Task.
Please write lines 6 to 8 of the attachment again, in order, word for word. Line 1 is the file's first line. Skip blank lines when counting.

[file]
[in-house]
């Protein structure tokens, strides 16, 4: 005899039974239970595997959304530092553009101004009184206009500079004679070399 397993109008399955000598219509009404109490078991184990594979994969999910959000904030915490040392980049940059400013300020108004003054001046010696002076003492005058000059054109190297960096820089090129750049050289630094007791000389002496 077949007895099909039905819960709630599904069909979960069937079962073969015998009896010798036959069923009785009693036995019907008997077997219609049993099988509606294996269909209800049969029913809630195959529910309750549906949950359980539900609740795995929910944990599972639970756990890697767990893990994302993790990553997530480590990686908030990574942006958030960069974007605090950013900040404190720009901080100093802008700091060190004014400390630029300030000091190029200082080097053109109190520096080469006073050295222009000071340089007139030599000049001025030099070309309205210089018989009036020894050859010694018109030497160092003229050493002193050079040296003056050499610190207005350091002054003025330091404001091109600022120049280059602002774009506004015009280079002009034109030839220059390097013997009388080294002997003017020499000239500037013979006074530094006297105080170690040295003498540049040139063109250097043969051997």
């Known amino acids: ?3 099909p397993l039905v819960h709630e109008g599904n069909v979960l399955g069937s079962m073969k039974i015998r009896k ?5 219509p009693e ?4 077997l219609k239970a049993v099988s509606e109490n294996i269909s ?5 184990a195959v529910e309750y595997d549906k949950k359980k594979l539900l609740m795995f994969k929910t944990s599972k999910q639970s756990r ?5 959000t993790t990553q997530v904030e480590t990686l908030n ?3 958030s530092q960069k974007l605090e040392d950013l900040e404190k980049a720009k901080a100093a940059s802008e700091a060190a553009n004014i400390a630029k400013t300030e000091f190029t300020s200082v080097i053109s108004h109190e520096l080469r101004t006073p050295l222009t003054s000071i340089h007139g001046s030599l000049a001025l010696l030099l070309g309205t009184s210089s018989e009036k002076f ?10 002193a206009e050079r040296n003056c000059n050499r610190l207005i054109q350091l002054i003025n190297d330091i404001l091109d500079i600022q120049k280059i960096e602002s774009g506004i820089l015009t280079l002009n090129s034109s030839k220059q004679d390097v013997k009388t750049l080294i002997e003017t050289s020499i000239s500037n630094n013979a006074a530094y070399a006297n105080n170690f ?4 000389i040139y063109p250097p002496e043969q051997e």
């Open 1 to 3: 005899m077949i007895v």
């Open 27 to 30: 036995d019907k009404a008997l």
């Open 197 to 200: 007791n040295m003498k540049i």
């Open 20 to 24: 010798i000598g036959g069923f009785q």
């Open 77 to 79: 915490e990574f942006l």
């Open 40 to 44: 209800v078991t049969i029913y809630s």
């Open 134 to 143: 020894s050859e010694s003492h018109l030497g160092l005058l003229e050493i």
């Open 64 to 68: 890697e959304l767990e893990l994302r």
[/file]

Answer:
């Open 197 to 200: 007791n040295m003498k540049i």
């Open 20 to 24: 010798i000598g036959g069923f009785q």
């Open 77 to 79: 915490e990574f942006l």